Lungs have small air bags known as alveoli. Pneumonia caused inflammation of the lungs by adversely impacting these bags. This condition is triggered by a bacterial strand or a viral attack. Those with living with chronic obstructive pulmonary disease (COPD), conditions such as fibrosis or a compromised immunity are more likely to experience it. Pneumonia shows up in 4 distinctive stages. It becomes essential to know the varying stages of this lung condition.

Diagnosis of pneumonia is a difficult process; it may involve a careful examination of your respiratory process, screening your chest with x-rays or through a few lab tests. Your treating doctor will want to understand the discomforts your encounter, in greater detail. The signs and severity of lung condition influence your treatment. Those who have it owing to a bacterial spread are administered with antibiotics or antibacterial meds. In case of an acute spell of pneumonia – which shows up as difficulties to inhale / exhale – it is essential to seek medical support in a healthcare setting on an urgent mode.

Shots are available for the prevention of this respiratory condition. Shots are more effective against a strand called Streptococcus pneumoniae. Your caregiving team will advise you to adhere to hand washing protocols as well as social distancing. It may be dangerous to smoke tobacco or related products. It is equally safe to stay away from smokers or places such as smoking zones. More than 400 million people all over the globe are affected by pneumonia each year. This translates to more than 7.5% of the world’s population.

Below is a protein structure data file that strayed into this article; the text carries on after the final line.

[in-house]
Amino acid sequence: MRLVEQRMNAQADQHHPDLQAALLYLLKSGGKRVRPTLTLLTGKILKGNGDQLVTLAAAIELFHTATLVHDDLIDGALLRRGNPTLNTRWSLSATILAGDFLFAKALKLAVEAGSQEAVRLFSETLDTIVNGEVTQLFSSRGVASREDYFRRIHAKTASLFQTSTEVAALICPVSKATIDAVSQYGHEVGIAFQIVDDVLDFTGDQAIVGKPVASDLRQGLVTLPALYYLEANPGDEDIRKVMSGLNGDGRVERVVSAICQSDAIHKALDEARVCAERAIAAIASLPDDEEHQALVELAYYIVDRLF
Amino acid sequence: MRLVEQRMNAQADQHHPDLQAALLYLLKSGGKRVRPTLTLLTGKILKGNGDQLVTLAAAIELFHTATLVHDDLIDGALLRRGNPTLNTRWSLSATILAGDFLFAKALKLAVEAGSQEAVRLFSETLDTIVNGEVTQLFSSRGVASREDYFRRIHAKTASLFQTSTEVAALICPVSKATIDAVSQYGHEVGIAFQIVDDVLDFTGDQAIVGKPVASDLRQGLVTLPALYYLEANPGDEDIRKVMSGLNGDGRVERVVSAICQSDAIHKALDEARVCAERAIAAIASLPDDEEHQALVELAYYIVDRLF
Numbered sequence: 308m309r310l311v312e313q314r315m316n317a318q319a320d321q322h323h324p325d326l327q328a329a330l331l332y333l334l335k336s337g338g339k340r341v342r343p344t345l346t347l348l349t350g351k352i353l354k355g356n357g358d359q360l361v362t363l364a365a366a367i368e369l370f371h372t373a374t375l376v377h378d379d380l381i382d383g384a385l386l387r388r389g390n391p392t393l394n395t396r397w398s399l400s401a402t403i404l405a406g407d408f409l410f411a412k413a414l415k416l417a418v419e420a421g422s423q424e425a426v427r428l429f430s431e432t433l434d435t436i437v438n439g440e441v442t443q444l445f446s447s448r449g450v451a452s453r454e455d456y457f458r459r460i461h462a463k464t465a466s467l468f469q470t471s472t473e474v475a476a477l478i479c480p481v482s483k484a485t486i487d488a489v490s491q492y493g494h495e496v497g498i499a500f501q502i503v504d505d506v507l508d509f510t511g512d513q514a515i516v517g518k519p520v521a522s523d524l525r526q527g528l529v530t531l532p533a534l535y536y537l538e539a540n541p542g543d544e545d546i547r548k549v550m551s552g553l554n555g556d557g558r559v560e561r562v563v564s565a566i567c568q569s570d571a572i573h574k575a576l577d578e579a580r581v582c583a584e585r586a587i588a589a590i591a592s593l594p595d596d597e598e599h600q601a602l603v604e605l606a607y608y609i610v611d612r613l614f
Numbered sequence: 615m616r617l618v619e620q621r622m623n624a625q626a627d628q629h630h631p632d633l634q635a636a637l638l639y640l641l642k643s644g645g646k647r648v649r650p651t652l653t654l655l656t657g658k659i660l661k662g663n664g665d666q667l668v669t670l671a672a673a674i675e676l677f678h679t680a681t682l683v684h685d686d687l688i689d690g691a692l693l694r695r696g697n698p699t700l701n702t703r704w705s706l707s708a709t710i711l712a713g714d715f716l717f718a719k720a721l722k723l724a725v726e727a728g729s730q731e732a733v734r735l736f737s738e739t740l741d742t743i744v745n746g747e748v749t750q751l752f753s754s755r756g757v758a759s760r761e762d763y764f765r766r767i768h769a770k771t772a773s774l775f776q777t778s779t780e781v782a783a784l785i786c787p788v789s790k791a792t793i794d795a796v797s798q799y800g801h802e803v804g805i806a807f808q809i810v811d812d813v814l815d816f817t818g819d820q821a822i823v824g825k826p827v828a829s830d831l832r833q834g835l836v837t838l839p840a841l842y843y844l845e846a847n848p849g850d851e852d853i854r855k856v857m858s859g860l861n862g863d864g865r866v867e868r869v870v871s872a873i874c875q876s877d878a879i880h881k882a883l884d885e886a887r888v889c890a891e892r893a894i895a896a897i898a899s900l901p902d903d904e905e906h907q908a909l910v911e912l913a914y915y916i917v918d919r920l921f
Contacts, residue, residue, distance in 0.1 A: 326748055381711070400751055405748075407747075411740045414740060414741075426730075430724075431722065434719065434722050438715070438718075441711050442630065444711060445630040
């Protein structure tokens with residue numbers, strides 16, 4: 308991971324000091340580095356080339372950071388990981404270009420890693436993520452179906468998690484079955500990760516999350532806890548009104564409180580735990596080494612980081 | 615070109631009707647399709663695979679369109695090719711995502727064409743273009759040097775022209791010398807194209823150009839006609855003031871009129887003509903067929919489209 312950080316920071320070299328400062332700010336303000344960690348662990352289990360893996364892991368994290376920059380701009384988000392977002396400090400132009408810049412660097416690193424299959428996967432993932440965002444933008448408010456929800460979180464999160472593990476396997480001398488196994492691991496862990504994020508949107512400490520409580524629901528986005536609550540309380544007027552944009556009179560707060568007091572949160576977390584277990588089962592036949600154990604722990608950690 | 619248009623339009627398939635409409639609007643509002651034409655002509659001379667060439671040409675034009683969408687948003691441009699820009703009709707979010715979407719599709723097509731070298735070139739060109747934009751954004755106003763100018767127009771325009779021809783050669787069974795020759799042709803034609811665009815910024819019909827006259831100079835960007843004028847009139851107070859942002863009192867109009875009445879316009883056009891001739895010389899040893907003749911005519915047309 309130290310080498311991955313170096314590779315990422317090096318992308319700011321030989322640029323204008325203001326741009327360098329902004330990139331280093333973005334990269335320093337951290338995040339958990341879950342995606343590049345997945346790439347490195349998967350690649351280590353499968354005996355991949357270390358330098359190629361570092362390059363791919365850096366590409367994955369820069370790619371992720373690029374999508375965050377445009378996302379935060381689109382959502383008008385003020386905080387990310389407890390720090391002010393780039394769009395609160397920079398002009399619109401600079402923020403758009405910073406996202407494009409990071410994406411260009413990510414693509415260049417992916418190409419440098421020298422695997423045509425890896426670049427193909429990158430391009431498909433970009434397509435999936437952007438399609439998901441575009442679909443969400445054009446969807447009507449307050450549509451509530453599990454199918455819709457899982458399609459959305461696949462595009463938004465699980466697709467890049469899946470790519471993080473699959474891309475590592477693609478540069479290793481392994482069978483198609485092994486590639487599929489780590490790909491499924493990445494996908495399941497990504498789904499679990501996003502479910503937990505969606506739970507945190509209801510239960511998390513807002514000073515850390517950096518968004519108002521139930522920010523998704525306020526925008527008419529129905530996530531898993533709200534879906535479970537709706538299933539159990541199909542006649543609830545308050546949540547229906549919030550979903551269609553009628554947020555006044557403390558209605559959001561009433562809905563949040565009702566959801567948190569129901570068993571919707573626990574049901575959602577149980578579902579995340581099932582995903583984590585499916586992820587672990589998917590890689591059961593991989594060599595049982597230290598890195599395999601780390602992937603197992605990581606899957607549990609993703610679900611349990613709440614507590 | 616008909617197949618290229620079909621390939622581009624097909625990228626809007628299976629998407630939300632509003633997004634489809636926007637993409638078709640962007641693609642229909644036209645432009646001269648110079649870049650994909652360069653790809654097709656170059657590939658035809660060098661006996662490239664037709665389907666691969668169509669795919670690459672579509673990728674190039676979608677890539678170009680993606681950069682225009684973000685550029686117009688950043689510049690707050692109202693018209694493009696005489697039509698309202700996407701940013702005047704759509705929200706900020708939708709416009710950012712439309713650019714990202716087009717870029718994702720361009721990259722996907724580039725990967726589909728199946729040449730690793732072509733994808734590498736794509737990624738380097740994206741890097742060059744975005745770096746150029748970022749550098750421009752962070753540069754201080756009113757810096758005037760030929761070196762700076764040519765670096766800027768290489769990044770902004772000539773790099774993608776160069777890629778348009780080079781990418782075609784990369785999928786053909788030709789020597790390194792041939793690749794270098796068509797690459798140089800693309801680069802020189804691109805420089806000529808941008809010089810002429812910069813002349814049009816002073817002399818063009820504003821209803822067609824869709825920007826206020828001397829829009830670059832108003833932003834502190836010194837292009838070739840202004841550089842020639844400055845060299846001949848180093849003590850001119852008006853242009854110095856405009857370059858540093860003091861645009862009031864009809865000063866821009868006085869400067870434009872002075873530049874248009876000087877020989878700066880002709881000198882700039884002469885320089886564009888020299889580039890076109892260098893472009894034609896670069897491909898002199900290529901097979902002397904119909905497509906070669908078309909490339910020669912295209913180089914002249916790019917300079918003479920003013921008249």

The 4 stages of pneumonia

One of the forms of bacteria-triggered pneumonia is lobar pneumonia. This is known to affect a few sections called as lobes of lungs. It shows up in four unique stages. These are-

Stage 1 – Congestion

This shows up soon after the onset of the bacterial infection. Studies show that the stage manifests in less than 24 hours from the time of being infection. This occurs when the bacterial spread in your lungs outnumbers the while cells in your blood. As a result, your lungs may go red owing to an increased flow of blood. This stage is also accompanied by internal swelling / inflammation of tissues of lungs.

Stage 2 – Red hetalisation

This is the next stage of infection; it is found to occur after 2 to 3 days. This is likely to last for 72 to 96 hours. Here, the infected lung goes dry as well as air-free. Your lungs may soon start resembling the tissues of liver. This process is called hepatisation. At the end of this stage, bacteria, debris of cells as well as blood cells (red and white alike) cause obstacles to the airways of your lungs.

Stage 3 – Grey hetalisation

This phase can show up on the 5th or 6th day of infection. Your lungs may remain in this stage for upto 7 days / 1 week. From being reddened, your lungs turn grey and resembles with liver continues at this stage as well. Also, red cells of your blood as well as fibrin (at times, hemosiderin) come together to form a fluid. At the end of this, fairly big sized white cells – called as macrophage – are observed in sizable numbers.

Stage 4 – Resolution

This is the recovery phase and is the final stage of this lung condition. You can cough the debris up. Debris may contain fluids as well as items produced as a result of cell-level destruction. The air bags / sacs and lungs return to a normal shape and proportion.

Last but not least, if you are witnessing yellowish or green phlegm, and are also having breathing difficulties – it is a wise thing to check for the incidence of pneumonia. Above all, upon observing one or more of the typical signs – mentioned above, seek medical help from a qualified clinical practitioner.

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